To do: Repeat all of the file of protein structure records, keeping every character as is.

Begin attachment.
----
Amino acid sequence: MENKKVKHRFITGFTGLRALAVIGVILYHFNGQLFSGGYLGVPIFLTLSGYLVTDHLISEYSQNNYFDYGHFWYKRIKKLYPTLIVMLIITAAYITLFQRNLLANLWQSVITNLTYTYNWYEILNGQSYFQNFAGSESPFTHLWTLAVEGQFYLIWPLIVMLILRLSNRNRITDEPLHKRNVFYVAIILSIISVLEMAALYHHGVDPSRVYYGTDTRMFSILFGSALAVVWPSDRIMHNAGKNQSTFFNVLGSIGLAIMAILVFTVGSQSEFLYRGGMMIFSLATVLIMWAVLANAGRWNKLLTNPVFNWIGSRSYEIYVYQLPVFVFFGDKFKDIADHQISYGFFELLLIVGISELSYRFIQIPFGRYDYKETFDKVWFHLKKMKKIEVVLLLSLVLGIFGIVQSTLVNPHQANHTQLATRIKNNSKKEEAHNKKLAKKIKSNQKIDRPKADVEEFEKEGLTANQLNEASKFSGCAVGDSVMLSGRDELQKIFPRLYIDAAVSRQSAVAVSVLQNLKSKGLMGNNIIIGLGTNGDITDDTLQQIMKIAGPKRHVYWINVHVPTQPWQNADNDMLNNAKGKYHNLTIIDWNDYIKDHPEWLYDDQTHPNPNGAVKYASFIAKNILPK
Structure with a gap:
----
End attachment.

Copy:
Amino acid sequence: MENKKVKHRFITGFTGLRALAVIGVILYHFNGQLFSGGYLGVPIFLTLSGYLVTDHLISEYSQNNYFDYGHFWYKRIKKLYPTLIVMLIITAAYITLFQRNLLANLWQSVITNLTYTYNWYEILNGQSYFQNFAGSESPFTHLWTLAVEGQFYLIWPLIVMLILRLSNRNRITDEPLHKRNVFYVAIILSIISVLEMAALYHHGVDPSRVYYGTDTRMFSILFGSALAVVWPSDRIMHNAGKNQSTFFNVLGSIGLAIMAILVFTVGSQSEFLYRGGMMIFSLATVLIMWAVLANAGRWNKLLTNPVFNWIGSRSYEIYVYQLPVFVFFGDKFKDIADHQISYGFFELLLIVGISELSYRFIQIPFGRYDYKETFDKVWFHLKKMKKIEVVLLLSLVLGIFGIVQSTLVNPHQANHTQLATRIKNNSKKEEAHNKKLAKKIKSNQKIDRPKADVEEFEKEGLTANQLNEASKFSGCAVGDSVMLSGRDELQKIFPRLYIDAAVSRQSAVAVSVLQNLKSKGLMGNNIIIGLGTNGDITDDTLQQIMKIAGPKRHVYWINVHVPTQPWQNADNDMLNNAKGKYHNLTIIDWNDYIKDHPEWLYDDQTHPNPNGAVKYASFIAKNILPK
Structure with a gap: